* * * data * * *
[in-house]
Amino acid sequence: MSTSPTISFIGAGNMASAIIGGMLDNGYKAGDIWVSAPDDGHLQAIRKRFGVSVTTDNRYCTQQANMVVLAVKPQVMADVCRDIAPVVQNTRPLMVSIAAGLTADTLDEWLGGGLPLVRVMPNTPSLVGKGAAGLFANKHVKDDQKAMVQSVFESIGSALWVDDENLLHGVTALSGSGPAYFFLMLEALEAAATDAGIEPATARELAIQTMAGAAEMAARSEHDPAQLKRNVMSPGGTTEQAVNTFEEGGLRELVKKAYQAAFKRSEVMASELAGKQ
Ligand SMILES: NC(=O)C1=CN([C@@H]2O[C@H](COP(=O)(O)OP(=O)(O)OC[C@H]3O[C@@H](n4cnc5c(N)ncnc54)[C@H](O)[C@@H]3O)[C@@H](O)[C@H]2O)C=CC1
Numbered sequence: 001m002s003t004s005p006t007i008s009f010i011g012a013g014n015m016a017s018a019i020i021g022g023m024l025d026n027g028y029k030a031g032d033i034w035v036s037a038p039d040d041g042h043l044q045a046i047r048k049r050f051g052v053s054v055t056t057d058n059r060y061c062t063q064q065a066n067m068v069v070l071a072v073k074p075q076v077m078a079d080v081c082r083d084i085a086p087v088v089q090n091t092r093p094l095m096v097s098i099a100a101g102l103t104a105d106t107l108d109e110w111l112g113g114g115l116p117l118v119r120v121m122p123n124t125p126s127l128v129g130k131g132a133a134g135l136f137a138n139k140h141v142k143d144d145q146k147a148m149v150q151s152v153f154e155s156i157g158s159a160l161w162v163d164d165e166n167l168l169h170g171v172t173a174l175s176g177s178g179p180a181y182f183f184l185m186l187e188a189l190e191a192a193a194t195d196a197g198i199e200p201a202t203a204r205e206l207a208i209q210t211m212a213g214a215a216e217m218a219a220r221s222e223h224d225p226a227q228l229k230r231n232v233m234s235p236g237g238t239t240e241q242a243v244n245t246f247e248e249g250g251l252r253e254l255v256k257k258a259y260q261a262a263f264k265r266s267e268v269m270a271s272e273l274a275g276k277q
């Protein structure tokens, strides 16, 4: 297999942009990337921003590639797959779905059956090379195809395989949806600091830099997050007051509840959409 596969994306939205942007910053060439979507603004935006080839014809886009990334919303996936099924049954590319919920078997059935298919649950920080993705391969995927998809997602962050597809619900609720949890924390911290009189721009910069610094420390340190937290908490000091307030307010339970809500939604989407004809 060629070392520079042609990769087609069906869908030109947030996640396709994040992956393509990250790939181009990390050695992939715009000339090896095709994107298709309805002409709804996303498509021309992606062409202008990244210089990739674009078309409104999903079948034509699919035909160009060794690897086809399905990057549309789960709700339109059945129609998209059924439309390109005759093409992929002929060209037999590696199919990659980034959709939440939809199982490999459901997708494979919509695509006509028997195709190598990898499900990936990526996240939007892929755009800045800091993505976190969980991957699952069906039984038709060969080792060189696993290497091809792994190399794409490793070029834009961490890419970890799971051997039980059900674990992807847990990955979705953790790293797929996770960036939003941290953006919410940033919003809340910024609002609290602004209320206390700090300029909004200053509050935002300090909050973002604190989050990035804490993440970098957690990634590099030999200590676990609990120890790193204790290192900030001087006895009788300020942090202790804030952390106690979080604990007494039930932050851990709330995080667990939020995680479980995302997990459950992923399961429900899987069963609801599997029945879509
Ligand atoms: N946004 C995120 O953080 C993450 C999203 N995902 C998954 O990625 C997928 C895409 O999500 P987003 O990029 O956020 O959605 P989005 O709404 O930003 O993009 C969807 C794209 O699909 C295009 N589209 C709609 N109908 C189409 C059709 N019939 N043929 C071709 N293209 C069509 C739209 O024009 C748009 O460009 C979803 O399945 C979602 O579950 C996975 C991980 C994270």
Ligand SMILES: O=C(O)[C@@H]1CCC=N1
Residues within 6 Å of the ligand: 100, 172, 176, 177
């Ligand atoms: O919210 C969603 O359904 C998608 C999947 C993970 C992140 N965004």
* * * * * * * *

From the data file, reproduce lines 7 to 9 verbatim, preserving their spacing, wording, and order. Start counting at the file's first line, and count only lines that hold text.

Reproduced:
Ligand SMILES: O=C(O)[C@@H]1CCC=N1
Residues within 6 Å of the ligand: 100, 172, 176, 177
């Ligand atoms: O919210 C969603 O359904 C998608 C999947 C993970 C992140 N965004």